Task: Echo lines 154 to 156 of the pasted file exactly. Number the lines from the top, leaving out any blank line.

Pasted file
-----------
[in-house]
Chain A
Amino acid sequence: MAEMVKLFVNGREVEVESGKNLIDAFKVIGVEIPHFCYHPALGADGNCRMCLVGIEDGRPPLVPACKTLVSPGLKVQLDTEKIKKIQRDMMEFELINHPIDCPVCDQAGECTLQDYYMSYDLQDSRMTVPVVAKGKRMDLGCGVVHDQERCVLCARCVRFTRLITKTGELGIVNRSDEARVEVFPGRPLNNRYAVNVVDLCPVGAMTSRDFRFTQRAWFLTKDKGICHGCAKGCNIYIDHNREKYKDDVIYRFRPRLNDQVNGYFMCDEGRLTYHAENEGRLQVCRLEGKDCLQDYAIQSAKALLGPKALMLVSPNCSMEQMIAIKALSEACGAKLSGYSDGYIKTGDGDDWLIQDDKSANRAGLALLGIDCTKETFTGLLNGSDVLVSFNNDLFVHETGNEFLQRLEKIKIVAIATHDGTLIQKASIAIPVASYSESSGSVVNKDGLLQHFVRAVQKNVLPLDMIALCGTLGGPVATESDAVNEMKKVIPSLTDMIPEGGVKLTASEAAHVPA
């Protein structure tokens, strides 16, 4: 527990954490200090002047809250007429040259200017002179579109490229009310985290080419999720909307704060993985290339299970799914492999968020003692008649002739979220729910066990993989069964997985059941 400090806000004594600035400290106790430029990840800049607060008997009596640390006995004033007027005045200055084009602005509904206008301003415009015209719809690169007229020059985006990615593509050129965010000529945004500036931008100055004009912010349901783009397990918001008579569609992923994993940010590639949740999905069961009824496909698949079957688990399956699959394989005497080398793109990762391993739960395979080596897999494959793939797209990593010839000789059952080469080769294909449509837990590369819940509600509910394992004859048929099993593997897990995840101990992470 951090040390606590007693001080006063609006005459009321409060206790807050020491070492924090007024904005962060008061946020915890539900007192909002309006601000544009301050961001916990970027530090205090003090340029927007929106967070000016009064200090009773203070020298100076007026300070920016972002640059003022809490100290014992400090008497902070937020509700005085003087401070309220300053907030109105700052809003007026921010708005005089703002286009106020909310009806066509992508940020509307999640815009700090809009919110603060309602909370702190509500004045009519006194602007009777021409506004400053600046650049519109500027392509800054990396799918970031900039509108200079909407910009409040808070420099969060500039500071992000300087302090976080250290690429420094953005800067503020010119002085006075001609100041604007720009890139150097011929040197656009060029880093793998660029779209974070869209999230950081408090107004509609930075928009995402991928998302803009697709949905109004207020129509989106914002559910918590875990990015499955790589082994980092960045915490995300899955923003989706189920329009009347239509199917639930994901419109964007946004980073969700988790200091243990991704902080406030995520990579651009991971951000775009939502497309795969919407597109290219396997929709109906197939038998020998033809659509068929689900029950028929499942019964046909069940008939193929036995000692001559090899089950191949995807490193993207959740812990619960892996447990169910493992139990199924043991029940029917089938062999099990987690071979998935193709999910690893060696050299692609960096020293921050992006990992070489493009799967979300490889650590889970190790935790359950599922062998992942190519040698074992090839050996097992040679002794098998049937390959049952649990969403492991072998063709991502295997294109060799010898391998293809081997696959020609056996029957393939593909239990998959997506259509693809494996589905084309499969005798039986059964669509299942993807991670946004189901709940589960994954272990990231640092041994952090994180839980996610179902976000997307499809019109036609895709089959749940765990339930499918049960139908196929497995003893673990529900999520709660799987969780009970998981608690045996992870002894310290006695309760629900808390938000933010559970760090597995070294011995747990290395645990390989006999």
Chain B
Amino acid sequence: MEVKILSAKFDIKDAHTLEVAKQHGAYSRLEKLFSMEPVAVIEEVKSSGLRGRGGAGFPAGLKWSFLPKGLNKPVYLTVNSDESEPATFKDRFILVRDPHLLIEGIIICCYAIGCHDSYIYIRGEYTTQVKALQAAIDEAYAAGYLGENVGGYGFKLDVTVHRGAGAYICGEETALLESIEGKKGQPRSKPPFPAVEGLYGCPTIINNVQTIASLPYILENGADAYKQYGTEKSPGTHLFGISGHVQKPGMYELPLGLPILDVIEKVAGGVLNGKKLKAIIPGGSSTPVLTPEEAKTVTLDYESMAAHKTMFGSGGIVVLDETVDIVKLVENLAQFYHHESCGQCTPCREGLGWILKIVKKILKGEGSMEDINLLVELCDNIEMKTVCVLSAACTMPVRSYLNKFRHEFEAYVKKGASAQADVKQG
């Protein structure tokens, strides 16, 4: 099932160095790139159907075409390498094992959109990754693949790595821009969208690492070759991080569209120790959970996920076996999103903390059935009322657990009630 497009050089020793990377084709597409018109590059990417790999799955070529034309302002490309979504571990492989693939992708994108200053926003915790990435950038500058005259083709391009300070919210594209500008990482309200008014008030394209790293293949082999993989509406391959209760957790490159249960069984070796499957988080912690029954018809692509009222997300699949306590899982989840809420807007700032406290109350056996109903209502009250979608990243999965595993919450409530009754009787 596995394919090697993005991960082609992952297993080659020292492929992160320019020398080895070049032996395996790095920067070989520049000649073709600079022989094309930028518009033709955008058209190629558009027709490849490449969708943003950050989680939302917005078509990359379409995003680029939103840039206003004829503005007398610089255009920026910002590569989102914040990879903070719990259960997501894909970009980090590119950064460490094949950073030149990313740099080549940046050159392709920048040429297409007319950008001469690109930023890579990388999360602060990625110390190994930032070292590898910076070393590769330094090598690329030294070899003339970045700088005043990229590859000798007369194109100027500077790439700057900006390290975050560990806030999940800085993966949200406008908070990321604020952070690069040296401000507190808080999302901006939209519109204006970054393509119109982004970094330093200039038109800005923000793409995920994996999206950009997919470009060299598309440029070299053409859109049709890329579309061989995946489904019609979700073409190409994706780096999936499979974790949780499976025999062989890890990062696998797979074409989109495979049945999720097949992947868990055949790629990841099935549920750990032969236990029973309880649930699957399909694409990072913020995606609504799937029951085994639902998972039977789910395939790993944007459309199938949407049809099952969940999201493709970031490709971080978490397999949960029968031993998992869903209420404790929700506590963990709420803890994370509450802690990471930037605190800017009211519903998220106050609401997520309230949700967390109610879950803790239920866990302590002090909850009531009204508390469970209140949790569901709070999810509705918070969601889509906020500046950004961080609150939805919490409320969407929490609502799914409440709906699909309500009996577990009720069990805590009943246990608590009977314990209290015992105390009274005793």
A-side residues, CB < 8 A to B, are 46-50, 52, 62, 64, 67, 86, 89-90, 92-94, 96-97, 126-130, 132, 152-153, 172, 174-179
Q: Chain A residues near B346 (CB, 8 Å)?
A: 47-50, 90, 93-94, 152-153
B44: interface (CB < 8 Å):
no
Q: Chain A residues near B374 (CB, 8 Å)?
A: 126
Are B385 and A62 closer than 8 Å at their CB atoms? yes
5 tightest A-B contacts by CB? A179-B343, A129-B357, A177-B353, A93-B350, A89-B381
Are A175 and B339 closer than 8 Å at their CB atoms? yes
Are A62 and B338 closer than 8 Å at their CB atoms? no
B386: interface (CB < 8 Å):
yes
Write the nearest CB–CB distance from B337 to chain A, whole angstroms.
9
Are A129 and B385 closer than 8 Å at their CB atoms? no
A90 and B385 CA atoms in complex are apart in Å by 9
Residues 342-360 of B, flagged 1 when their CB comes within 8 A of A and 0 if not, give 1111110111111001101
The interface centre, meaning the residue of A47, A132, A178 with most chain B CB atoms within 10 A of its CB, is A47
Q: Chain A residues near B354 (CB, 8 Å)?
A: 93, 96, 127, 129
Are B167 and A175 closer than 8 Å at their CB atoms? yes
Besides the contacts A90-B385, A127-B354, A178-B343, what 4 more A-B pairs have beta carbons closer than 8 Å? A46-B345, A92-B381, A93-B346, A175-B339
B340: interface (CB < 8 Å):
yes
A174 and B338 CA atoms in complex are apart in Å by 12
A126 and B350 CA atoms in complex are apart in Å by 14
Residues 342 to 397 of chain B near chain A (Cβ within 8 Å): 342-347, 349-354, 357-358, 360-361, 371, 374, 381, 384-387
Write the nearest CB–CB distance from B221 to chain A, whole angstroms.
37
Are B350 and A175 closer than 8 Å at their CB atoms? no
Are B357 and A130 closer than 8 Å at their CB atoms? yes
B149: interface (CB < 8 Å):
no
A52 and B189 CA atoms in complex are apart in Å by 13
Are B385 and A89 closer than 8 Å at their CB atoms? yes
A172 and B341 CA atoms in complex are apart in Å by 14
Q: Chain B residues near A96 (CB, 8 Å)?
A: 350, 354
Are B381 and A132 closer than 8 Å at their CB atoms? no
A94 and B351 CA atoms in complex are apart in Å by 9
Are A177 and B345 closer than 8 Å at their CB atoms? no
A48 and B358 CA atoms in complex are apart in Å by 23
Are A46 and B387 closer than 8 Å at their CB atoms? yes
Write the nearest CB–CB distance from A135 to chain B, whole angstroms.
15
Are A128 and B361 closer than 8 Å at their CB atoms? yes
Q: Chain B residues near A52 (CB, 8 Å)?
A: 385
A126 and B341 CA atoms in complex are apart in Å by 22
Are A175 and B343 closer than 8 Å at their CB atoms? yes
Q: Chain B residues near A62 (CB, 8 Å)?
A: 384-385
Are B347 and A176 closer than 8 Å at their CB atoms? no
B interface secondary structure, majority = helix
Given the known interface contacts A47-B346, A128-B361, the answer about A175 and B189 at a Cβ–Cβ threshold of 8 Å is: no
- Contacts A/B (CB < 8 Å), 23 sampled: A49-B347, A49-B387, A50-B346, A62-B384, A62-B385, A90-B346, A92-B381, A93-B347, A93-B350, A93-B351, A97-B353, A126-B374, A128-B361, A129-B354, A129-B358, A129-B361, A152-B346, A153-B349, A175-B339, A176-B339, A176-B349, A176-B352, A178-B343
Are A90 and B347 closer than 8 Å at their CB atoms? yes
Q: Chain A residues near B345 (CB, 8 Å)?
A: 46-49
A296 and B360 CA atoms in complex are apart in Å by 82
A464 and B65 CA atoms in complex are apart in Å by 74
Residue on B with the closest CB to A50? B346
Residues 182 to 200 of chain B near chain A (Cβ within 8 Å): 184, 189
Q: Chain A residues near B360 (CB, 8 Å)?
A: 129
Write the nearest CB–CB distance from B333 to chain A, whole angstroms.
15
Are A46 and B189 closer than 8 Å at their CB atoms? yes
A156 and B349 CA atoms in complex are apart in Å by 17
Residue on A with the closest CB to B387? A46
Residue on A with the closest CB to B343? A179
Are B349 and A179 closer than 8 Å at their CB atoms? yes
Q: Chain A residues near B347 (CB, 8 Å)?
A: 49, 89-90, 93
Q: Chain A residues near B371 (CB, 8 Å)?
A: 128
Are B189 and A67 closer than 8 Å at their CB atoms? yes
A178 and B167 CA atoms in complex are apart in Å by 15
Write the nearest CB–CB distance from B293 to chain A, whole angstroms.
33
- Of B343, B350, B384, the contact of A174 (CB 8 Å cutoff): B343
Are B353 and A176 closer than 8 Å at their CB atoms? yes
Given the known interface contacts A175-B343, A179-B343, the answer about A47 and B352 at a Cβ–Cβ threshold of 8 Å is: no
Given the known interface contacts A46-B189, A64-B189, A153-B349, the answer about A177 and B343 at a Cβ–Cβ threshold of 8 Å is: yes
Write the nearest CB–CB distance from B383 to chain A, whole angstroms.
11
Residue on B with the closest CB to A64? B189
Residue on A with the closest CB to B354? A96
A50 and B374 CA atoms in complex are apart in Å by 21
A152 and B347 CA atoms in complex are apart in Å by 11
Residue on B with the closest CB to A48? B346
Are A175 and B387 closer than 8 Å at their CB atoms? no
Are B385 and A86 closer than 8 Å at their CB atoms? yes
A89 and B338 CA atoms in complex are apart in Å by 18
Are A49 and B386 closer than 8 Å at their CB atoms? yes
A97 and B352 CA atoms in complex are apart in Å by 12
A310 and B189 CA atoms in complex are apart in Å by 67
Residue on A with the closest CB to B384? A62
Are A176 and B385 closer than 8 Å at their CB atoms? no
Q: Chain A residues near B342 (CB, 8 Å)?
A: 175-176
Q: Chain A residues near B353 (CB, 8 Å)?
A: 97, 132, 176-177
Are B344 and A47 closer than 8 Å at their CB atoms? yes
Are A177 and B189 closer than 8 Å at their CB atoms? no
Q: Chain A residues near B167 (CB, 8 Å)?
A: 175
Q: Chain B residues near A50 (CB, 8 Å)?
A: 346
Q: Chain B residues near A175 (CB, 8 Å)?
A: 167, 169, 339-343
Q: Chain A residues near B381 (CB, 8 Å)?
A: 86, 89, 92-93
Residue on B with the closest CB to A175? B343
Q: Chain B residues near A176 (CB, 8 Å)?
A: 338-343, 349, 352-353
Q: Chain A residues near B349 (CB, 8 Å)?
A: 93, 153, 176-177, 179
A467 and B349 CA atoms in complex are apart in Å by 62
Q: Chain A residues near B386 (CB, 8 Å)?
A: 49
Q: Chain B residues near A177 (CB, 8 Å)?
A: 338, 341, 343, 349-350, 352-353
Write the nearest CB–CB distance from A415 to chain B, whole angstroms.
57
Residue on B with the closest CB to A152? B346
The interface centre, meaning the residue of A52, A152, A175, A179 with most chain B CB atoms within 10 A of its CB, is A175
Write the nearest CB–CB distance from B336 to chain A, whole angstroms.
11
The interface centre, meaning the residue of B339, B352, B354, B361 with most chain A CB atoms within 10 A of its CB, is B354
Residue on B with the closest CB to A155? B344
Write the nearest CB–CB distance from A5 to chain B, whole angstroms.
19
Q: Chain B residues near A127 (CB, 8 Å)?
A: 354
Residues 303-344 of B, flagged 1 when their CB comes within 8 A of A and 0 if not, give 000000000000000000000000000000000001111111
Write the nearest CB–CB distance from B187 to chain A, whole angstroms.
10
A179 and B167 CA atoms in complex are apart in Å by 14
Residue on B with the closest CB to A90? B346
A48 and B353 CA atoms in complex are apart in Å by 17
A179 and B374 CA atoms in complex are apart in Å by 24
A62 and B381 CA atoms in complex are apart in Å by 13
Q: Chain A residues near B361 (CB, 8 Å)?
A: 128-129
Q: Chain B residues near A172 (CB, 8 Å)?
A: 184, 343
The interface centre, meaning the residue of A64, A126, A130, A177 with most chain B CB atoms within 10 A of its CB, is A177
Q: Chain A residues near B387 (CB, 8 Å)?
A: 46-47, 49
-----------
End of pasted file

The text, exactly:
Q: Chain B residues near A172 (CB, 8 Å)?
A: 184, 343
The interface centre, meaning the residue of A64, A126, A130, A177 with most chain B CB atoms within 10 A of its CB, is A177